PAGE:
Where to position your tools and furniture
Given that you have practically no space at all for a wood shop in a typical home garage, you need to make use of every inch.
Here are our suggestions:
Start with your miter station. Pick a long wall, preferably with a window and put it there.
Imaging yourself needing to cut a 10 feet plus length of wood. Could you open your garage door if you need extra space or is it going to be limited by the distance from the blade to a wall?
Whilst you need it anyway, the space to the left of your miter station will be used less than the right so think about that in design and placement. That's a mistake, I need to fix because I built mine with less space to the right than left.
Unless you buy/own a miter saw that doesnt need free space behind it for rail travel, you're going to need to pull your miter station away from the wall. That's a shame because that space is hard to make good use of under those circumstances. It's also a sawdust magnet where many a small object will disappear.
Table saw outfeed and assembly.
In an upcoming episode, I'll be building myself a new tablesaw outfeed and assembly table in one. Wherever you can multi task a piece of shop furniture, do it.
As for position, measure from the obstruction or wall to the table saw blade. You want to be able to rip at least an 8 foot plywood or MDF sheet or a length of 2x4 before it hits anything. That way, chances are, it'll be rare that you'll have to move your saw to cut anything.
Give yourself room to move around each piece of furniture. You'll need to stand there and get a feel for the amount of space you'd like to allow for yourself to walk around your shop. Just imagine the REALITY of the shop in practice. You could need to get from one end to the other with something heavy. Will you have space to do that?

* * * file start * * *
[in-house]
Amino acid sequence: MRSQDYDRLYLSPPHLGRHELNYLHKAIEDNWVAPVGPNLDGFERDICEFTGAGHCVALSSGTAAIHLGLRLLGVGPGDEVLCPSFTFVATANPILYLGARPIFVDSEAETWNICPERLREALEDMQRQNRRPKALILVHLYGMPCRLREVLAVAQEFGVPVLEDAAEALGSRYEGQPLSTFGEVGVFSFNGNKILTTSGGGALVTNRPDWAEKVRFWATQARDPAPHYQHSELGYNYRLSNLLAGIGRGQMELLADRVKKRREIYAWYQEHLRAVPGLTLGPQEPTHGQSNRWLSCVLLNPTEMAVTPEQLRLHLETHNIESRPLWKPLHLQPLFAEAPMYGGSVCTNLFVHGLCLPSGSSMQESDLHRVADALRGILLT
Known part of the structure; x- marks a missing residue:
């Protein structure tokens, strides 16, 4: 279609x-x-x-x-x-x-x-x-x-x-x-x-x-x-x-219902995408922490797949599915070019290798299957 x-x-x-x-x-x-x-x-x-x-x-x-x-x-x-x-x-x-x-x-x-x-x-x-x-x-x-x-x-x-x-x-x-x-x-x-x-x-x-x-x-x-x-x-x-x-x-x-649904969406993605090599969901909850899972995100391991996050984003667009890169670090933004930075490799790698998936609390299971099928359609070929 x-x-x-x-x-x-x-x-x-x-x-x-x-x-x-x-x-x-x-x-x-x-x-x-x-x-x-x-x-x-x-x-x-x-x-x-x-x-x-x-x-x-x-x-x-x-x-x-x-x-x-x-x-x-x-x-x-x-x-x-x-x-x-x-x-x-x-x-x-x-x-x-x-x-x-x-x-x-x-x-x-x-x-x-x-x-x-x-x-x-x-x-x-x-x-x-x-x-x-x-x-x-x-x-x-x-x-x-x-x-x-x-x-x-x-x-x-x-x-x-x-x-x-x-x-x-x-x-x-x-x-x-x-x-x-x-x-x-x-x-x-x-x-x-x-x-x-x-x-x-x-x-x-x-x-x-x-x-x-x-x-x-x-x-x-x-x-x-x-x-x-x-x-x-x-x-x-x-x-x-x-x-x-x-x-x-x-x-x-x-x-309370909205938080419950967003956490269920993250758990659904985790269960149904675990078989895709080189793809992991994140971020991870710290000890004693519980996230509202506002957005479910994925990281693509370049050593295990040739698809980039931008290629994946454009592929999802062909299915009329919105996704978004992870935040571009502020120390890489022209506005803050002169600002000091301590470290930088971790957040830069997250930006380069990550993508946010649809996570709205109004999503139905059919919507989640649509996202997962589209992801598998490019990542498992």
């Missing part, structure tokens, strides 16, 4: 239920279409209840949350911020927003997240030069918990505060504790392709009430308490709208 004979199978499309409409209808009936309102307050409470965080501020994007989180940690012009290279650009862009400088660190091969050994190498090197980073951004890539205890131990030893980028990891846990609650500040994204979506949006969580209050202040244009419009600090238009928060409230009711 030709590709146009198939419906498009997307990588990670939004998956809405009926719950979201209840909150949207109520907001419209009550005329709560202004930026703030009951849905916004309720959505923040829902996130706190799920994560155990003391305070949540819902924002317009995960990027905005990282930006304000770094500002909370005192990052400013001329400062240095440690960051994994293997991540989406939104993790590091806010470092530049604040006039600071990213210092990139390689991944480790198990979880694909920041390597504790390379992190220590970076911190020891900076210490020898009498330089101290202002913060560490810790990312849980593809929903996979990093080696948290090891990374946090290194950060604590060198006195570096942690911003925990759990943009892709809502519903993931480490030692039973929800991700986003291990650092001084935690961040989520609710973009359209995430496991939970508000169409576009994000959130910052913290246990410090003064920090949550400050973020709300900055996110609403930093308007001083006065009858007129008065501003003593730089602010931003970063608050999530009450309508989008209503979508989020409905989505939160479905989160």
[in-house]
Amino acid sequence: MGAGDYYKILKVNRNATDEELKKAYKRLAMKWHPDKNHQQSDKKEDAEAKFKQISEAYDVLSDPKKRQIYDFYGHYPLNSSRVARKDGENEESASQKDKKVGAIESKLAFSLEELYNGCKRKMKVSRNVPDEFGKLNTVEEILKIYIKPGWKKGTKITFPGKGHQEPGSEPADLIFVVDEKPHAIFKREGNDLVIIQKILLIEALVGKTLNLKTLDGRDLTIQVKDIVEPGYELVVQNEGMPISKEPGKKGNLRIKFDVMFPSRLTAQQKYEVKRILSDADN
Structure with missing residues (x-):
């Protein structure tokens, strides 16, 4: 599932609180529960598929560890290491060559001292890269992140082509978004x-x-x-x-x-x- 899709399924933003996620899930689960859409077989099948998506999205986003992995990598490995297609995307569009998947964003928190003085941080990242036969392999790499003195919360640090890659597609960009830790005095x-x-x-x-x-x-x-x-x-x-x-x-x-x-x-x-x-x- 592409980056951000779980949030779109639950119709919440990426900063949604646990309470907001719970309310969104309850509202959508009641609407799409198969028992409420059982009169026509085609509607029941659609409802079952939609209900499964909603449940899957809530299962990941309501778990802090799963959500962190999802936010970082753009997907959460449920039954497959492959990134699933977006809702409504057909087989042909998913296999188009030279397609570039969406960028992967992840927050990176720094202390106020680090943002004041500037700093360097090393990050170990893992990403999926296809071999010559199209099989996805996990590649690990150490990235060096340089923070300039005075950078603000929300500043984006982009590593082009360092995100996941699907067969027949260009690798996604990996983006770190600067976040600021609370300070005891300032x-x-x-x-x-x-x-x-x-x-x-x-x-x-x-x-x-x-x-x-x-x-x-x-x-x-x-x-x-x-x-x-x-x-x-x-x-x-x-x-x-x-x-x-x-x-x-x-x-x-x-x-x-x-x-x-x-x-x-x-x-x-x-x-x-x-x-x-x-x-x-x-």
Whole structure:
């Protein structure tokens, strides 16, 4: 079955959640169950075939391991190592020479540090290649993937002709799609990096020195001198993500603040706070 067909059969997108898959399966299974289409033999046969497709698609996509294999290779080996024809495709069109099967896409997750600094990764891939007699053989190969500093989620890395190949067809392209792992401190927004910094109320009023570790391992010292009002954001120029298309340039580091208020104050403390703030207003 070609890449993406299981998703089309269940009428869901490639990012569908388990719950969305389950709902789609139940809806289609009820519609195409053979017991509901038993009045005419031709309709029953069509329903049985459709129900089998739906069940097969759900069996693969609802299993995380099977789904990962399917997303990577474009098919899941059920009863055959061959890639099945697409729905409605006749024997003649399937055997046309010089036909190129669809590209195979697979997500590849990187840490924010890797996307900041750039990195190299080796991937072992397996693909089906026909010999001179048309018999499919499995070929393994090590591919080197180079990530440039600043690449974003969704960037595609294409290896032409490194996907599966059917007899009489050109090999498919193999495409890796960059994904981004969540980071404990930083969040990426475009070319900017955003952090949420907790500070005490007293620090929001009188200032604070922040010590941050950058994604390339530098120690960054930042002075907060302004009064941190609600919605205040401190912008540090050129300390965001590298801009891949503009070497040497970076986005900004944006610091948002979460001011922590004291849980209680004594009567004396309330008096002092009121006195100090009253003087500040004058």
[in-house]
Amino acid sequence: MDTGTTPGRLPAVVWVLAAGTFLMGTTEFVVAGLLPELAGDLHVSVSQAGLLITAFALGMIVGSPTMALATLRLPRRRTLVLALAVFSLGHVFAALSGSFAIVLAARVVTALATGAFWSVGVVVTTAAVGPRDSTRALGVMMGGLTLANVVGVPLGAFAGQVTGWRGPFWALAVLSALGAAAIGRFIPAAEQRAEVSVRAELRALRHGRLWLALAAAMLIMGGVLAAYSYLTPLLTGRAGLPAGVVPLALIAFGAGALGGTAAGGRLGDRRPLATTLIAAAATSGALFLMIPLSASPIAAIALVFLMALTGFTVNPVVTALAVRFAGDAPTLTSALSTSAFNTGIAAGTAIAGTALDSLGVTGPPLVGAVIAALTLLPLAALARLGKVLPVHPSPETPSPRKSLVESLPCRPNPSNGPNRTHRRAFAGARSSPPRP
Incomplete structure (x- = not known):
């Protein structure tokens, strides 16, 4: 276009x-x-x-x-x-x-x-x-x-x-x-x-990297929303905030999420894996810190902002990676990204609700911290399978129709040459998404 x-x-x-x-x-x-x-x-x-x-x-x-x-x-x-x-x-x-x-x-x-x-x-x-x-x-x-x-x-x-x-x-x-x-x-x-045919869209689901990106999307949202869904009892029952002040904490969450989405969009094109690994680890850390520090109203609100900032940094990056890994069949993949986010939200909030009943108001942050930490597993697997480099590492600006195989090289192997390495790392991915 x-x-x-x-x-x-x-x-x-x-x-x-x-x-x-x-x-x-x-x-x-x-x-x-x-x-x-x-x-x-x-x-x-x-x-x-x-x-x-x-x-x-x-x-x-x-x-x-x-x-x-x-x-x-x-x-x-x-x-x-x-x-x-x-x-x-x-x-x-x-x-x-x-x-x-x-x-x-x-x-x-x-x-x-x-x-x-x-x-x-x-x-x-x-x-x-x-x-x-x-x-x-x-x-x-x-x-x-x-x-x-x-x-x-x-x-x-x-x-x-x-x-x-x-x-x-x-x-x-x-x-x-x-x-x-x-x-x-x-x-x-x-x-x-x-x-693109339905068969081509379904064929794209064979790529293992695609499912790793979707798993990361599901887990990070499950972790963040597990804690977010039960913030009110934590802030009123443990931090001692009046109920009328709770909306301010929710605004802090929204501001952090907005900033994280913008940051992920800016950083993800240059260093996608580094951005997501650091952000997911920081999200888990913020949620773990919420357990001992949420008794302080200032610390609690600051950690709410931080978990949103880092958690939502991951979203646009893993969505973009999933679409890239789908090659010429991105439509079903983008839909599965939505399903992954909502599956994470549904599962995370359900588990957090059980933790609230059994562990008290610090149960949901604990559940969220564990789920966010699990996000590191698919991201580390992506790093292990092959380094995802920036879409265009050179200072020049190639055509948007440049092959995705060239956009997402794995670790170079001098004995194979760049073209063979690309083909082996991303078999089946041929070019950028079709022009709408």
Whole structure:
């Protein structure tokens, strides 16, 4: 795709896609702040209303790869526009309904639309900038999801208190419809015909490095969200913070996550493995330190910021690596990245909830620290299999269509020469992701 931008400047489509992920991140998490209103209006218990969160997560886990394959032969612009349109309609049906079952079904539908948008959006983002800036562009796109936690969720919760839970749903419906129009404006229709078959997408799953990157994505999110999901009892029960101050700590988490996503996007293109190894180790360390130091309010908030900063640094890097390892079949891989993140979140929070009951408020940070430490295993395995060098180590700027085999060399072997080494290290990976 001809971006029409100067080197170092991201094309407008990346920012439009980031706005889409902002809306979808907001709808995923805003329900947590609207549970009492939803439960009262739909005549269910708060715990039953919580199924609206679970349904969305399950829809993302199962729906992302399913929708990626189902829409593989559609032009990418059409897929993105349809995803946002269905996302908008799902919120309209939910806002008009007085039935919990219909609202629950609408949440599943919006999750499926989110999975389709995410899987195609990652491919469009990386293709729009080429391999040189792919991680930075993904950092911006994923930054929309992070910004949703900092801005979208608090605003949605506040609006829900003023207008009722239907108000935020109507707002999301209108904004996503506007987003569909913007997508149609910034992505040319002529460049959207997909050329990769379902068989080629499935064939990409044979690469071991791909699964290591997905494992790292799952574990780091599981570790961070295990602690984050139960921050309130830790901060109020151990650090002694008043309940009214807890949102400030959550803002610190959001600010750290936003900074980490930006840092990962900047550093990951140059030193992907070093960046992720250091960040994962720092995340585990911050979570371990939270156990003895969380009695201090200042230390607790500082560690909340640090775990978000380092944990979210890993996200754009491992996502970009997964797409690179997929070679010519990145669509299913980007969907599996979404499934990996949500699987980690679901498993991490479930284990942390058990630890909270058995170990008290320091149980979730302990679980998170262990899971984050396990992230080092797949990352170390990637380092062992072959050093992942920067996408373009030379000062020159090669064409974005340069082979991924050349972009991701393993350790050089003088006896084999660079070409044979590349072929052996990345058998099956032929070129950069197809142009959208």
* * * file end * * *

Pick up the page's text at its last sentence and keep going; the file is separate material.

I'd recommend around 3 feet for all walkways but that's just me.
There will be furniture pieces that you can position right against a wall with little chance of a problem. I did that with my drill press and so far, it hasn't been a problem.
Your band saw can also go next to the wall, as long as you're standing position is comfortable that is.
Your jointer, table saw and thickness planer all have similar issues regarding the stock you need to run through them. you should be able to run long workpieces through any of them without any obstruction.
Now let's think about dust collection...
If you're just starting out, this is what I have in my shop and I love it, not just because it was seriously affordable:
Take a look over head and plan how you can install dust collection for the machines you have.
You should try to position machines that produce the most dust, closer to the dust collector or in this case, shop vac.
I do recommend having tools permanently fixed in place if you can. Nothing good comes from having to find a dovetail jig or scroll saw and set it up when you need it. I find that I can use the same table for my thickness planer outfeed as I can for a selection of other tools, my scroll saw being one of them.